We discussed this for a while. It was pointed out to me that those in Washington just serve as members of the "peanut gallery". I realized that Obama came from the Senate, and while he was able to criticize President Bush from his then (and current) role as national Commentator-In-Chief, he was never a leader before and that has hindered him from being effective as Marxist-In-Chief.

So, does it help someone like Newt Gingrich who served in Congress, then left Congress to run for President later? What about Herman Cain, a man who has actually run businesses, created jobs, achieved profits and balanced a real budget? What about Governors like Time Pawlenty, Mitch Daniels and Chris Christie?

I'm interested in hearing what you think about this. Should our nominee be from outside of the Congress? What about names like Jim DeMint or Paul Ryan? I used the word "trivial" in the title of this post, I did that because I want a serious national discussion and dialogue about the real questions of our time. If the 2012 election turns into a non-sensical popularity contest, that gets us nowhere.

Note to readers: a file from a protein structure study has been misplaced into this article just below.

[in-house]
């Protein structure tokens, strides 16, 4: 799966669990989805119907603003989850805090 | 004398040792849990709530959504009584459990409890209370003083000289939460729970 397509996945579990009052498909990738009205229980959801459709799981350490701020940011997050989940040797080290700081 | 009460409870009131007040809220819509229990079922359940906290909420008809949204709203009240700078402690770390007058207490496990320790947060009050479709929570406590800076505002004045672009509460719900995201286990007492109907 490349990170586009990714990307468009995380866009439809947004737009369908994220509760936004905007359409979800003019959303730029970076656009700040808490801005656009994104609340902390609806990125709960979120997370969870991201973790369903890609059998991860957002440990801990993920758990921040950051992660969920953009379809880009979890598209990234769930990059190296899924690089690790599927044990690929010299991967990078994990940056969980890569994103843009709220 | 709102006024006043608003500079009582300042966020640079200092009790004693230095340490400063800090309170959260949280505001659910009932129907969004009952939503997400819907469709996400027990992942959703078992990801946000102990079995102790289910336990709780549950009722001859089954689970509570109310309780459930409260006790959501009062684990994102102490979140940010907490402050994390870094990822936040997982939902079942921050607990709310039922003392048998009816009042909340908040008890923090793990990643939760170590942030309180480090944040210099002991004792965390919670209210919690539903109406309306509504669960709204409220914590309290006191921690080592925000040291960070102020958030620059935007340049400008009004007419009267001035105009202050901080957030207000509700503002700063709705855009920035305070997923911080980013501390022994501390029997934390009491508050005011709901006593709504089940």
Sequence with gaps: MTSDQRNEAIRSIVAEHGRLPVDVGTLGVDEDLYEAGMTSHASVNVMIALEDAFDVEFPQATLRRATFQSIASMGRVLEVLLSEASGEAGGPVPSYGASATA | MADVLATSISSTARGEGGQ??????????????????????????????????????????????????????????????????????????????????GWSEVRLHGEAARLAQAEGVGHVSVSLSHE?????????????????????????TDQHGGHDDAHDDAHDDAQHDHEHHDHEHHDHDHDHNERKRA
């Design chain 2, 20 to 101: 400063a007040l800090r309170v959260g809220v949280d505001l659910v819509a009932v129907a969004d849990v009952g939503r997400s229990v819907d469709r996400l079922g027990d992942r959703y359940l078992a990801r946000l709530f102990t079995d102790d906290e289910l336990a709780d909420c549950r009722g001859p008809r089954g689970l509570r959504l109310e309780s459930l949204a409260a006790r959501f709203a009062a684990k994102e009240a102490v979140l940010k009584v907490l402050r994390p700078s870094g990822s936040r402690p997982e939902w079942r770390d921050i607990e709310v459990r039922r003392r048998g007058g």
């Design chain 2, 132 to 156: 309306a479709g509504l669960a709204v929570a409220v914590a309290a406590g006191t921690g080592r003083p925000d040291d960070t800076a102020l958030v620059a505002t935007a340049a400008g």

Wednesday, March 9

Remove Leftist Jesse Jackson Jr. From Congress Yesterday

Leftist Jesse Jackson Jr. has clearly presented himself as a clear and present danger to America. This uneducated moron is understandably overmatched in the US Congress. This Leftist here clearly puts a voice to the problems facing those of us looking for Transformational Change, as he sees the Constitution of the United States as an open ended opportunity to have government do everything imaginable.